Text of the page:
Following Commissioner Lynelle Briggs’ comments that the royal commission’s final report is set to turn the entire sector upside-down, CEOs can’t afford to wait any longer, writes Sandra Hills.
The royal commission into aged care has been anything but a breeze. To be quite frank, it’s created significant uncertainty in our organisation. It’s put our workforce under intense in addition to new regulations and overhaul of quality standards that have recently come into play.
And it’s required whole teams to be removed from business as usual to consolidate information, provide submissions, attend hearings and contribute to working groups and broader sector councils. But I know I speak for many sector leaders when I say that we wouldn’t have it any other way.
Last month, when the royal commission delivered its Interim Report titled Neglect, aged care again had many unconscionable failures sprayed across national headlines.
As a country, we were forced to face the countless cases of neglect and pain that older Australians, their partners, family members and loved ones have endured.
While we know that these cases are not reflective of our whole sector, and the thousands of people working with incredible strength within it, we cannot deny these events. There’s no looking away. And that’s the key.
A new apetite for change
The real challenges the report exposed are not new to a sector that’s undergone no less than 18 government enquiries in recent years. But the appetite for change that we now see I believe is new.
No matter what pressure the royal commission has placed our teams and organisations under, the undeniable need for change that’s now been accepted at all levels is invaluable to the future of our work and ultimately all Australians, as we and our loved ones age.
Since the royal commission commenced, it has received 6,600 submissions and 275,000 instances of self-reported sub-standard care and there have been over 200,000 public complaints. The interim report may not have all the solutions, but it certainly provides a very strong indication of where our focus now needs to lie. And that can’t be next year. That needs to start today.
Benetas is leaning in and we’re strongly encouraging all providers across Australia to do the same. The comments made by Commissioner Briggs last week at the Newcastle community forum rings loud and true.
As she said: “Everyone needs to come together and say, ‘We need to fix this.’” Our executive and board members need to continue to engage in the process and start preparing themselves for change as quickly as possible.
Let’s not ignore the mistakes unveiled by the banking royal commission. Good governance is easy to assume and incredibly challenging to enact with good intention at the top able to unravel safety of our customers.
At Benetas we’ve had to thoroughly review our governance to be confident that when we need it most we’re accountable and our processes stack up as we thought. While we fare quite well in this regards, there is always room for improvement.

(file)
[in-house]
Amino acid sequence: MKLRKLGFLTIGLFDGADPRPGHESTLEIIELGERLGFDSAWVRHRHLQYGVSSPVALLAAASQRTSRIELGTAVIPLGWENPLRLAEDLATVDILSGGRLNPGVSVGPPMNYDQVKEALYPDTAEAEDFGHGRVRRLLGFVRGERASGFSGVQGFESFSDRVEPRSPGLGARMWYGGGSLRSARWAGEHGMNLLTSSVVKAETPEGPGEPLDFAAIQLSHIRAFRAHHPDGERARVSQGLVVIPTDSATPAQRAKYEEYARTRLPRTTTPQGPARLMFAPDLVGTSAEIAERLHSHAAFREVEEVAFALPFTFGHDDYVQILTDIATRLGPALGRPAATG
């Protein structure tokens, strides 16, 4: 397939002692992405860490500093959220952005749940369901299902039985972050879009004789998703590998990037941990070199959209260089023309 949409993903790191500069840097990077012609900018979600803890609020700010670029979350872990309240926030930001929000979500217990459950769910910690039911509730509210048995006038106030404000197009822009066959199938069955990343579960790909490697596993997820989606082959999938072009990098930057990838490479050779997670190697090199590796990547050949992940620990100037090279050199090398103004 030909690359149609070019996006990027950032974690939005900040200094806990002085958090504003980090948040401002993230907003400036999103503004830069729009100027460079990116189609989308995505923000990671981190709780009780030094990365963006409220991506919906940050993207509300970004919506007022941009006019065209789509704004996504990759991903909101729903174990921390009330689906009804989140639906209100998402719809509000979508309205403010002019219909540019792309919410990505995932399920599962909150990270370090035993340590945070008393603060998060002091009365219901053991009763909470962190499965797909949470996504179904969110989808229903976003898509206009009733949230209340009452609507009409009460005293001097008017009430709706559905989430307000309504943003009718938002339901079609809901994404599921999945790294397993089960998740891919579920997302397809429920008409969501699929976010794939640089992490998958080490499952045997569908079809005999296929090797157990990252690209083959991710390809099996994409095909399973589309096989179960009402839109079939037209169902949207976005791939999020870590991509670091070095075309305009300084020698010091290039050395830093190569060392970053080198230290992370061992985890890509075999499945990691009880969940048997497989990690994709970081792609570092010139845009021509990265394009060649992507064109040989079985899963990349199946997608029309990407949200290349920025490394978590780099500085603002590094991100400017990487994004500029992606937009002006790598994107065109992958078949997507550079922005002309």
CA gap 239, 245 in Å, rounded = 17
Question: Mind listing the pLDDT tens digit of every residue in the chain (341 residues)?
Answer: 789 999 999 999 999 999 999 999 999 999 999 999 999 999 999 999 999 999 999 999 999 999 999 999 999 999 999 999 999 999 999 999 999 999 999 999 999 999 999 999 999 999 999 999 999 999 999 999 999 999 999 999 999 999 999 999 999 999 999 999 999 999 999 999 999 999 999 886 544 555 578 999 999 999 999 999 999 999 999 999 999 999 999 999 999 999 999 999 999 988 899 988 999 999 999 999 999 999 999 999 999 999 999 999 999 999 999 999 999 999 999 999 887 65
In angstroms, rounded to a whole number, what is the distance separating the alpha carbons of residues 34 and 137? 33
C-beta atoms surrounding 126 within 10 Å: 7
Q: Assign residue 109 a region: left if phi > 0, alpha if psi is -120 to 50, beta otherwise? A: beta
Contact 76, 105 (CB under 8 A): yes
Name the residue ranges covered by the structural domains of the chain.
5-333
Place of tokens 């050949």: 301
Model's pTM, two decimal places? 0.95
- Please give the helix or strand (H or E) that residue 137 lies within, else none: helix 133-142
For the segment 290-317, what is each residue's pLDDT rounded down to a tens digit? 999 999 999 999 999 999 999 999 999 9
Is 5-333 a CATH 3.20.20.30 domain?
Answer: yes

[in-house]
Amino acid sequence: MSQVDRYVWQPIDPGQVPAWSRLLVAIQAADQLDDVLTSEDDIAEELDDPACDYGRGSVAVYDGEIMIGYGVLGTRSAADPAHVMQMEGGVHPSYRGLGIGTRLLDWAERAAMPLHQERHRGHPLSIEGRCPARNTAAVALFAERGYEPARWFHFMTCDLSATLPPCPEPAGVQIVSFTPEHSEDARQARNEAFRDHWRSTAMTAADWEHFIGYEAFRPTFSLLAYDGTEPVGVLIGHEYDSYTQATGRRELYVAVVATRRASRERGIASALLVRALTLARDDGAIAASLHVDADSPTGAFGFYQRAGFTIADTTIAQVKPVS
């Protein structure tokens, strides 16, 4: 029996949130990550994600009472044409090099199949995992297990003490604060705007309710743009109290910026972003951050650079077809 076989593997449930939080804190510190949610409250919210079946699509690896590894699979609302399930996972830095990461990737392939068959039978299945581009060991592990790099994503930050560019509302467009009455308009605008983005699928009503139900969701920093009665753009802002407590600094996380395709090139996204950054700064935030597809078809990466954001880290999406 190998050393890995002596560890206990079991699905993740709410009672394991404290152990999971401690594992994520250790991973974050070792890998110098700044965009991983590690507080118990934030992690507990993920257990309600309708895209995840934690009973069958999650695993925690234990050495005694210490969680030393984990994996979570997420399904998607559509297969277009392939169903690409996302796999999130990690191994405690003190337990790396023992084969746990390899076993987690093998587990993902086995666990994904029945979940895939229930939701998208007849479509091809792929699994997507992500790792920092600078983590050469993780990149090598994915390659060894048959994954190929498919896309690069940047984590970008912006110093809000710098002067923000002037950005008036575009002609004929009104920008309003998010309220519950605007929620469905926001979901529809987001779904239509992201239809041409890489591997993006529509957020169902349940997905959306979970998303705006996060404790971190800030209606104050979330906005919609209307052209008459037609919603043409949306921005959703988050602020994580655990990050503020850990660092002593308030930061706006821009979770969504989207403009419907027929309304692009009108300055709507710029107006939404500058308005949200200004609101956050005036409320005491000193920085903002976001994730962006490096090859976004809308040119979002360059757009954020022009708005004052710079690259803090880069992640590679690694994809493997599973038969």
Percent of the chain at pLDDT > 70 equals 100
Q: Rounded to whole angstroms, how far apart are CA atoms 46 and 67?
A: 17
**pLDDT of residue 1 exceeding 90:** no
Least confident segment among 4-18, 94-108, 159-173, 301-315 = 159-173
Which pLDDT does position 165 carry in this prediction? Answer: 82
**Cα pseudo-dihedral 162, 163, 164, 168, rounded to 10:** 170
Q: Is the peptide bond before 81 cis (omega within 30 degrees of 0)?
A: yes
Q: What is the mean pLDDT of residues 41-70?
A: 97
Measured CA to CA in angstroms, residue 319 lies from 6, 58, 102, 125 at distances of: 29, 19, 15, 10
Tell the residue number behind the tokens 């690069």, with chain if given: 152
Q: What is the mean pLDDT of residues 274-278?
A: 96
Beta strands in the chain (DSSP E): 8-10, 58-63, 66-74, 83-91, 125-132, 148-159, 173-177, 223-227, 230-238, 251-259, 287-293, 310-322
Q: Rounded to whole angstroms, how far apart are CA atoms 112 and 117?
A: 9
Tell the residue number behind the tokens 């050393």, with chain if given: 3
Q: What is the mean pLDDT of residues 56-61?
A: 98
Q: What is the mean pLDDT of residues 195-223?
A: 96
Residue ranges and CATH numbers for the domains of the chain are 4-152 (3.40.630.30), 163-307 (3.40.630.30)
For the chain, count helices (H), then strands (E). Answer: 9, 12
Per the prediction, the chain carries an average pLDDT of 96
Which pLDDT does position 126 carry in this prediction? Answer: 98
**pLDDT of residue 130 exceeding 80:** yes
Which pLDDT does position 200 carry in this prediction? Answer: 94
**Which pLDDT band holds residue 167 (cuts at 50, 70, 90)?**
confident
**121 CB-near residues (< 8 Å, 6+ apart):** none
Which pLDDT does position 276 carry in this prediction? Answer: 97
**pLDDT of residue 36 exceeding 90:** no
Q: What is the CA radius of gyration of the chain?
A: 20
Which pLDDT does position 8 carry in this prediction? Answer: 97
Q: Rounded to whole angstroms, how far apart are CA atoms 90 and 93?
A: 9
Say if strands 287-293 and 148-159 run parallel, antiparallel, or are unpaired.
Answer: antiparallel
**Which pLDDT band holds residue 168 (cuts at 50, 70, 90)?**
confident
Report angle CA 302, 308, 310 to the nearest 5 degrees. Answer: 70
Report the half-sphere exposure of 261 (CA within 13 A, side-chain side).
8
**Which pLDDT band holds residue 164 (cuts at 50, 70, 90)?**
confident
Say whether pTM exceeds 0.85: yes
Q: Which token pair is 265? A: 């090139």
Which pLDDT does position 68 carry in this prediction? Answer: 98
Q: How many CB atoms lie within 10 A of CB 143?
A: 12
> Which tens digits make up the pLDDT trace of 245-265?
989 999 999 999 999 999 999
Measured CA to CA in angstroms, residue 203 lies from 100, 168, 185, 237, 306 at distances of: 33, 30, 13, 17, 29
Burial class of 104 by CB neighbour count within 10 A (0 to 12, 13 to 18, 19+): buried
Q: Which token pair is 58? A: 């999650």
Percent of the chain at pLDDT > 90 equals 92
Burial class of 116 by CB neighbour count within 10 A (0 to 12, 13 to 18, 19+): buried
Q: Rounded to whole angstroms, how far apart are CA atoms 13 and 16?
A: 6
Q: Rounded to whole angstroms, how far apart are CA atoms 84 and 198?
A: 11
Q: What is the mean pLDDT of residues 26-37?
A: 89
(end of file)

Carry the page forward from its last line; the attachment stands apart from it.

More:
Benetas is also currently completing its fifth submission to the royal commission since January this year. With the interim report far from skimming lightly over workforce matters, we too have had to examine how our people and culture ensures we don’t simply meet clinical needs, but are recruiting on people’s passion and readiness to go above and beyond for those they care for.
As a member of the Aged Care Industry Workforce Council, there is much to do in this space and we continue to push for action on Australia’s Aged Care Workforce Strategy A Matter of Care.
We regularly review the case studies that appear before the royal commission and have taken the full list of quality and safety issues identified to now cross-check these against our own services. We continue to reflect and ask our teams:
- How well do we know all of our customers, residents and home care clients?
- Can employees talk confidently and accurately about our customers such as their likes, dislikes and idiosyncrasies?
- Do we make sure we go out of our way to talk to the customers and their families who don’t provide feedback or attend meetings? Just because they haven’t said anything, doesn’t mean they don’t have a lot to say.
- How do we ensure that the voices of those with cognitive impairment or dementia are included?
- Can we demonstrate how we communicate with all residents and clients about the new quality standards? And are they at the centre of the partnership?
- Are we confident our feedback and complaints handling is robust? And can we demonstrate our ability to learn from these?
- Are we able to demonstrate critical thinking and root cause analysis on issues and respond beyond the individual complaint?
- How do we demonstrate not only meeting residents’ clinical and personal care needs but also supporting their emotional, intellectual and spiritual experience?
- How are we assessing the skill matrix we need to fully respond to our residents and the ever changing needs of older Australians?
- And how can we better create ways for our customers and their families to co-create the aged services of the future with us?
We are indeed on the brink of complete reform, with the very real opportunity to rebuild our sector on a foundation that we can be incredibly proud of. But the fact is, the outcome will be lacking for those we serve unless all providers are contributing fully to the process.
Yes, it’s resource intensive and can quickly put a strain on our workforce, and at times our morale. But the royal commission is a once-in-a-life-time opportunity to recreate a positive, life-affirming and genuinely respectful foundation where every older Australian can live their best life possible.
Let’s not play the waiting game. Let’s not get tired. Let’s take this opportunity and lean in now as much as we possibly can.
Sandra Hills is chief executive officer of Victorian aged care provider Benetas.